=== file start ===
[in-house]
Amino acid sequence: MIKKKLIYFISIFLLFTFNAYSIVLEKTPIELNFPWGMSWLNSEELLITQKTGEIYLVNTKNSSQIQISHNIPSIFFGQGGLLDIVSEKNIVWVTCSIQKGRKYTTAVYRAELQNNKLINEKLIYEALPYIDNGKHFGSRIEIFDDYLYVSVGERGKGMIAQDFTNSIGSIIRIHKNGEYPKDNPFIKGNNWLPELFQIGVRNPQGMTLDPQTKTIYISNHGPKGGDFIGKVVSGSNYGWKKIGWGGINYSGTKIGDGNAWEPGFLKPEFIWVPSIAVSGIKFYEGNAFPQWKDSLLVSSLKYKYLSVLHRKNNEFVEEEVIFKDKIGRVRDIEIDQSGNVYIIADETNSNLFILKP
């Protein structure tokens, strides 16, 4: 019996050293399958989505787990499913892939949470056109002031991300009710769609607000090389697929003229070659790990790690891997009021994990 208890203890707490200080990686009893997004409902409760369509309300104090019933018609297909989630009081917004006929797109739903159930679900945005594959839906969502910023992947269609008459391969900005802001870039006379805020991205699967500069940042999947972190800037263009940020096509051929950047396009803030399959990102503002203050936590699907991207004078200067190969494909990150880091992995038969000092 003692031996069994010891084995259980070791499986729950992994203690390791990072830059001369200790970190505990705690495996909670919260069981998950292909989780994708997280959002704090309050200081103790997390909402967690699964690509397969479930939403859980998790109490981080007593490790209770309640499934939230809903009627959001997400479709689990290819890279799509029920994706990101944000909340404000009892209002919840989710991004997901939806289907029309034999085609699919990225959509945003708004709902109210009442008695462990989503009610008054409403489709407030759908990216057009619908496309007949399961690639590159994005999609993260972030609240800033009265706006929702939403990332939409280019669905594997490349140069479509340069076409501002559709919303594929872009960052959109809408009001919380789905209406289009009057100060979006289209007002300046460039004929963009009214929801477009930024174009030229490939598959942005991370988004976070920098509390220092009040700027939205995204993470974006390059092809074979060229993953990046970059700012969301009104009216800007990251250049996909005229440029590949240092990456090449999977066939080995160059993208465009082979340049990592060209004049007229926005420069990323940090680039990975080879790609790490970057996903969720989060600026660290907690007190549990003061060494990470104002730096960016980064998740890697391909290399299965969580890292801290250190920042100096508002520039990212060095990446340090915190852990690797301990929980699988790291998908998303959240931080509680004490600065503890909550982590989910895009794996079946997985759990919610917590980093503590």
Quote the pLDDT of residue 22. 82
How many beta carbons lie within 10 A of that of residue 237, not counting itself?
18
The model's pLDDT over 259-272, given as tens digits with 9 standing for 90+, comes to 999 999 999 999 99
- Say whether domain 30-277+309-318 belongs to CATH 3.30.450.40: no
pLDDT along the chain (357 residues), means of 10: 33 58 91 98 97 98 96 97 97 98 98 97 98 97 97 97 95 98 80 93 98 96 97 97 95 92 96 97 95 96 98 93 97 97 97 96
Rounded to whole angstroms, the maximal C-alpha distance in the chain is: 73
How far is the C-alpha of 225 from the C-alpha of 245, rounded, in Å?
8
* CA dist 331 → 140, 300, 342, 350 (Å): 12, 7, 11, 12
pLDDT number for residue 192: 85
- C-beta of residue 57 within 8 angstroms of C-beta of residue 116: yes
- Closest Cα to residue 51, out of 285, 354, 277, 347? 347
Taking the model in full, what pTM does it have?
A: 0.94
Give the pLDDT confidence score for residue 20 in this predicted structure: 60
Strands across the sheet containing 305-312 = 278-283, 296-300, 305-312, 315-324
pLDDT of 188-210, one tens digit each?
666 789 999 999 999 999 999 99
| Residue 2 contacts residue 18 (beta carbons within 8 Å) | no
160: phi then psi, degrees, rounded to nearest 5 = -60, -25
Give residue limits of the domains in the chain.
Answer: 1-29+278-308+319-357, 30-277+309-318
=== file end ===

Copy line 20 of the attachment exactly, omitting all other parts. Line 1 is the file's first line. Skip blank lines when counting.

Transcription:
Strands across the sheet containing 305-312 = 278-283, 296-300, 305-312, 315-324